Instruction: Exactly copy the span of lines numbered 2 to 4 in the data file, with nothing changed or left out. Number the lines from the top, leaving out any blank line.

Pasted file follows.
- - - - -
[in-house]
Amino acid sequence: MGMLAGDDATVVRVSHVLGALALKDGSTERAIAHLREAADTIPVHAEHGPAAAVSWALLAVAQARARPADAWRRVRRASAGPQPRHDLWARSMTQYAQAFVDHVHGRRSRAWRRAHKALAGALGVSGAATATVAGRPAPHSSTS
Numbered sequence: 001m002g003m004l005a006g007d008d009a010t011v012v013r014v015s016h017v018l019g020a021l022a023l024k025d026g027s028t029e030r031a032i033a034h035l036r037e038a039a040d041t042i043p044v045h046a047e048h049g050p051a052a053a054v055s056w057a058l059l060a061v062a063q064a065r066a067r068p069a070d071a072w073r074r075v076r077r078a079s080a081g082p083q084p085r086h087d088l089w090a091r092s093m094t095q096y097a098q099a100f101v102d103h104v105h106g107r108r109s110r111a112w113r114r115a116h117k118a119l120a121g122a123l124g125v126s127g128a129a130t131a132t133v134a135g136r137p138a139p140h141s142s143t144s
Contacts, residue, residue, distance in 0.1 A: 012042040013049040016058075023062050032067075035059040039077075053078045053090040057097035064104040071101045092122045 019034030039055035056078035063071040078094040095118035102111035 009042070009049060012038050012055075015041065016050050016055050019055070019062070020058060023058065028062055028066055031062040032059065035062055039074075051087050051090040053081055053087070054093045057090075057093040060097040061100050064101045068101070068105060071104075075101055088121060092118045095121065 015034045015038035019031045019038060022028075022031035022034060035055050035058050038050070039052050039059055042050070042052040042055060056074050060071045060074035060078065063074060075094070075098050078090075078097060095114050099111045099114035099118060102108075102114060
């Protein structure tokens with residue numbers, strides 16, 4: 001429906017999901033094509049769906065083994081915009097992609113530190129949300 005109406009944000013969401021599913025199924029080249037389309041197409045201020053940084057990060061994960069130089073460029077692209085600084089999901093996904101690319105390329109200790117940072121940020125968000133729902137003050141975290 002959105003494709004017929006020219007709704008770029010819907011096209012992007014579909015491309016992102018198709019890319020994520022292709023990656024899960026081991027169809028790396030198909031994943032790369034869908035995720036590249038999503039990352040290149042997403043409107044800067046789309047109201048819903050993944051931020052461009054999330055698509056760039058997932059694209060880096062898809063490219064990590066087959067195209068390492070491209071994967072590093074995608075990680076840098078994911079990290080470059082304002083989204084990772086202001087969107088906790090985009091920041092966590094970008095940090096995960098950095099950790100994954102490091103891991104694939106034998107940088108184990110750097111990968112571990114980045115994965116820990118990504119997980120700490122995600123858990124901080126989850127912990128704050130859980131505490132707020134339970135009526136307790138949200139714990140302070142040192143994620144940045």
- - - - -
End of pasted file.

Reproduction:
Amino acid sequence: MGMLAGDDATVVRVSHVLGALALKDGSTERAIAHLREAADTIPVHAEHGPAAAVSWALLAVAQARARPADAWRRVRRASAGPQPRHDLWARSMTQYAQAFVDHVHGRRSRAWRRAHKALAGALGVSGAATATVAGRPAPHSSTS
Numbered sequence: 001m002g003m004l005a006g007d008d009a010t011v012v013r014v015s016h017v018l019g020a021l022a023l024k025d026g027s028t029e030r031a032i033a034h035l036r037e038a039a040d041t042i043p044v045h046a047e048h049g050p051a052a053a054v055s056w057a058l059l060a061v062a063q064a065r066a067r068p069a070d071a072w073r074r075v076r077r078a079s080a081g082p083q084p085r086h087d088l089w090a091r092s093m094t095q096y097a098q099a100f101v102d103h104v105h106g107r108r109s110r111a112w113r114r115a116h117k118a119l120a121g122a123l124g125v126s127g128a129a130t131a132t133v134a135g136r137p138a139p140h141s142s143t144s
Contacts, residue, residue, distance in 0.1 A: 012042040013049040016058075023062050032067075035059040039077075053078045053090040057097035064104040071101045092122045 019034030039055035056078035063071040078094040095118035102111035 009042070009049060012038050012055075015041065016050050016055050019055070019062070020058060023058065028062055028066055031062040032059065035062055039074075051087050051090040053081055053087070054093045057090075057093040060097040061100050064101045068101070068105060071104075075101055088121060092118045095121065 015034045015038035019031045019038060022028075022031035022034060035055050035058050038050070039052050039059055042050070042052040042055060056074050060071045060074035060078065063074060075094070075098050078090075078097060095114050099111045099114035099118060102108075102114060